How Medicine And Oral Health Intersect

How Medicine And Oral Health Intersect

Posted by Paige Lester on Sep 9 2020, 01:07 AM

Medicine is a boon to mankind. But it causes several side effects on our bodies. It has negative impacts on our oral health too.

How do medicines affect oral health?

Patients may need to take medication for the rest of their lives, which can impact the health of their teeth and gums. Medications for illnesses or chronic conditions can directly impact the gums by causing inflammation, which is a strong factor in gum disease development. Some medications also reduce saliva production, leading to dry mouth, a common cause of tooth decay. People who take these medications should talk to their dentist about how they can maintain their oral health while on these medications.

Other medications can cause problems indirectly. People with diseases such as diabetes may have to take multiple types of medication to control their symptoms. These diseases can also affect the health of the mouth directly by increasing the risk of gum disease or causing dry mouth complications. When patients are taking many medications at once, they may have trouble keeping track of how they could affect one another. Dentists can help patients determine the best way to manage their medications and their oral health care routine.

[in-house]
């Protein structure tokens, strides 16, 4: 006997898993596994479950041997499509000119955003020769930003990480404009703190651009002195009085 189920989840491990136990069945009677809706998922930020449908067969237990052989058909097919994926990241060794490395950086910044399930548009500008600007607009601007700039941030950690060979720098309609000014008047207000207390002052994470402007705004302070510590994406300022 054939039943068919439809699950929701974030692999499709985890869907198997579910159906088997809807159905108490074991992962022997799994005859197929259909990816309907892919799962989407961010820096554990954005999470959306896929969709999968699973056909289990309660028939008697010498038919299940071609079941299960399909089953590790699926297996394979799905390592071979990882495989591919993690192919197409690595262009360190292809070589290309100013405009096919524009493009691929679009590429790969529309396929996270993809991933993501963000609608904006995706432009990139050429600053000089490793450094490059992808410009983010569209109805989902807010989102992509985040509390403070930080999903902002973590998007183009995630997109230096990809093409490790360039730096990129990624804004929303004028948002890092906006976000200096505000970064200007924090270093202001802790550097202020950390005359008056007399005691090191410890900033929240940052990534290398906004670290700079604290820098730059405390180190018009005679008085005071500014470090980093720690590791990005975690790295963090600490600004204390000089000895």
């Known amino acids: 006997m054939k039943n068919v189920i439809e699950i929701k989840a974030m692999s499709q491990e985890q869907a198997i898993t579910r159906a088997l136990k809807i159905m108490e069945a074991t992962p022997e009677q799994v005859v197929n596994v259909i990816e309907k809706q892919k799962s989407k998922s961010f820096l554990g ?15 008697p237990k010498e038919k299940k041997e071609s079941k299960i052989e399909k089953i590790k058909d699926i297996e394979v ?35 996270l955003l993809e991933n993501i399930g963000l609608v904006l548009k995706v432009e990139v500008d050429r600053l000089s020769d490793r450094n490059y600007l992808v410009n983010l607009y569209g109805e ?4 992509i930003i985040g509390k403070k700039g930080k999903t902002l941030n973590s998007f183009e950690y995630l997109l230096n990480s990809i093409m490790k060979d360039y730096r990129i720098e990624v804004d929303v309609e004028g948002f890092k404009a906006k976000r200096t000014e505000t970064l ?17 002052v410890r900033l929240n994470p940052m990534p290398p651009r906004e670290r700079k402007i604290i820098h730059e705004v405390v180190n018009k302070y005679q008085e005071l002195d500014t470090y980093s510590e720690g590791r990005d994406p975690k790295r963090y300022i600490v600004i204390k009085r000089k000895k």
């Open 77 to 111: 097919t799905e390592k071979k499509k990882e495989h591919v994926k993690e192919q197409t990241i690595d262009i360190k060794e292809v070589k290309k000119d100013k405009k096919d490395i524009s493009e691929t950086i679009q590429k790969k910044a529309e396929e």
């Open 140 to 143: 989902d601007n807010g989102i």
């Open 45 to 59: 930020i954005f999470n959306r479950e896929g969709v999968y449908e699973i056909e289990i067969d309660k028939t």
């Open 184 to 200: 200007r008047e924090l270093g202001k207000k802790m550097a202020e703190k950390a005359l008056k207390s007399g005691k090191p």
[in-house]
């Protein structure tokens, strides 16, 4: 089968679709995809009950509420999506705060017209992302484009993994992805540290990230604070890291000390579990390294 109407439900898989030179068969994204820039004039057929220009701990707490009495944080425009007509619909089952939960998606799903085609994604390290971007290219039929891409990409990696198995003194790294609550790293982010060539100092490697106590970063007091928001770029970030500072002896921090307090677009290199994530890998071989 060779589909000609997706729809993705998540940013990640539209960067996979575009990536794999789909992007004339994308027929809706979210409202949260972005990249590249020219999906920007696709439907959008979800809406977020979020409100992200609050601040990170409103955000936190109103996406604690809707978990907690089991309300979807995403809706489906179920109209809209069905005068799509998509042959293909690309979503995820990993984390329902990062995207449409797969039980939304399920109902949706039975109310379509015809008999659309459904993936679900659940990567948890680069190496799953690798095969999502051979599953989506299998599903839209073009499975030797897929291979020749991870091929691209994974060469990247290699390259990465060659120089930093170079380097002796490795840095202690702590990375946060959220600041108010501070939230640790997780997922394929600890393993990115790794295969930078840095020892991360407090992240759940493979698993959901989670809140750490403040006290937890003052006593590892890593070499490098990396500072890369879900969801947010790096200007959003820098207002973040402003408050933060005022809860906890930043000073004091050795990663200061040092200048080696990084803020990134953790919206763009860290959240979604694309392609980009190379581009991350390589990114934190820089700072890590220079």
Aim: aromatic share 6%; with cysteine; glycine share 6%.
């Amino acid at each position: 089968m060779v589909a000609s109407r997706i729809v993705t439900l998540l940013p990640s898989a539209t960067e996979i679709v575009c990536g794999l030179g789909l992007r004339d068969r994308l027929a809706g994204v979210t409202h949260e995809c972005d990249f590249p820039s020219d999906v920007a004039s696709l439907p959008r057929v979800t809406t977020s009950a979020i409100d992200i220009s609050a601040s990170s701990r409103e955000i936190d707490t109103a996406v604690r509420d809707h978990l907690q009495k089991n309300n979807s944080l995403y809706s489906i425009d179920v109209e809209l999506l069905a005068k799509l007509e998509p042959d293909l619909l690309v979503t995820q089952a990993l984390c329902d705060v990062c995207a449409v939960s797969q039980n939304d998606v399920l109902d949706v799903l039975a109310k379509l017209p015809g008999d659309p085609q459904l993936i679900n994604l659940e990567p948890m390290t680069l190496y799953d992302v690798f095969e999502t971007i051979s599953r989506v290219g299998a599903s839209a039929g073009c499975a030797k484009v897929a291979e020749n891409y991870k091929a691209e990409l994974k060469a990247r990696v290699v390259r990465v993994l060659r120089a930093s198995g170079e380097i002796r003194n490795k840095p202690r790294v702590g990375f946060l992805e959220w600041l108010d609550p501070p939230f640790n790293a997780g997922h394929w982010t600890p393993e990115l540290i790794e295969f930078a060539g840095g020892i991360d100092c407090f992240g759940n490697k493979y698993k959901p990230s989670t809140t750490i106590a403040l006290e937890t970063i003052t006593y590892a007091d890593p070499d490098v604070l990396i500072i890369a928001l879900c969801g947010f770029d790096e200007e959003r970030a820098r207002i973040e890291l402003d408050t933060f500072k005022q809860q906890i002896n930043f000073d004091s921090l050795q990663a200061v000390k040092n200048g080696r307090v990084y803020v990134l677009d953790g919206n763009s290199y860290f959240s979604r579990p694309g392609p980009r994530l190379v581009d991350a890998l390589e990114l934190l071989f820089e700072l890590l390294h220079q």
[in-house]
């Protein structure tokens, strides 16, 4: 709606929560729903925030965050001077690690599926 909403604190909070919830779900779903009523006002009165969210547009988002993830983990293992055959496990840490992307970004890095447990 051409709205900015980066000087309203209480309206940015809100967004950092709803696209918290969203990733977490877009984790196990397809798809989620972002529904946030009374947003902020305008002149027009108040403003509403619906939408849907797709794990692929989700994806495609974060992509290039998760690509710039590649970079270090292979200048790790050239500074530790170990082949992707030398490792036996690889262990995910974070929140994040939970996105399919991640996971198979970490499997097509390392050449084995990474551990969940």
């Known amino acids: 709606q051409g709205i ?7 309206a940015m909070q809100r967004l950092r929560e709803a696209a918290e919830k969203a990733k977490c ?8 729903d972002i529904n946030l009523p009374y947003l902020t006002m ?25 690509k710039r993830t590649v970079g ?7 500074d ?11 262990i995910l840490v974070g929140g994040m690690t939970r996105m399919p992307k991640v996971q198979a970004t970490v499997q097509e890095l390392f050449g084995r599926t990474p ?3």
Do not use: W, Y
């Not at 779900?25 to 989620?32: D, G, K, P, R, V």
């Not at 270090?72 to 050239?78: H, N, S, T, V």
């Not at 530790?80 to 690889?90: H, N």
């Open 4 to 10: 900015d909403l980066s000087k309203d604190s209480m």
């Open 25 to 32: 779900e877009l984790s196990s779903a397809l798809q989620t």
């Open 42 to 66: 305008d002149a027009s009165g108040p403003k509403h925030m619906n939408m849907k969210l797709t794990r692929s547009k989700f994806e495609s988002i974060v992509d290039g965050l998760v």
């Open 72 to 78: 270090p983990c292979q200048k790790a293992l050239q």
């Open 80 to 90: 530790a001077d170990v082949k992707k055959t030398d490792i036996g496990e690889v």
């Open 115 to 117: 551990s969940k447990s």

Patients should always tell dentists about all medications they are taking before receiving treatment so the dentist can determine how those medications might affect their dental health. In some cases, a dentist may recommend changes to a patient’s prescription to reduce the impact the medication could have on their oral health.

Medication side effects

Medications can have a direct impact on your oral health, but some medications can also indirectly impact oral health if they are making your mouth more susceptible to bacteria or changing your body’s pH balance. Here are some common medications and their oral impacts.

  • Antihistamines – These medications can cause dry mouth, which can promote tooth decay and gum disease. It can also cause soft tissue inflammation if used for prolonged periods of time.
  • Anti-anxiety medication – Some anti-anxiety drugs can dry out the mouth and cause soft tissue irritation.
  • Blood pressure medication – Some blood pressure medications have dry mouth as a side effect that can increase the risk of cavities and gum disease.
  • Decongestants – Nasal decongestant sprays can make your mouth dry and increase the risk of thrush. Other nasal sprays, such as Afrin, can have a similar effect.
  • Statin medication – This category of medication is used to treat high cholesterol and high blood pressure. It can decrease saliva production, which can lead to an increased risk of tooth decay.
  • ACE inhibitors – This type of medication is used to lower blood pressure. It has both direct and indirect impacts on oral health by causing increased blood sugar levels as well as increasing plaque buildup.
  • Steroids – Steroid medications are used to treat a variety of conditions, including autoimmune disorders and asthma. They can increase the risk of dry mouth and cause tooth discoloration.
  • Hormonal birth control - Birth control pills can make your gums more sensitive, so you may experience sensitivity or heightened pain during dental procedures like cleanings.

Call us or schedule an appointment online to learn more.

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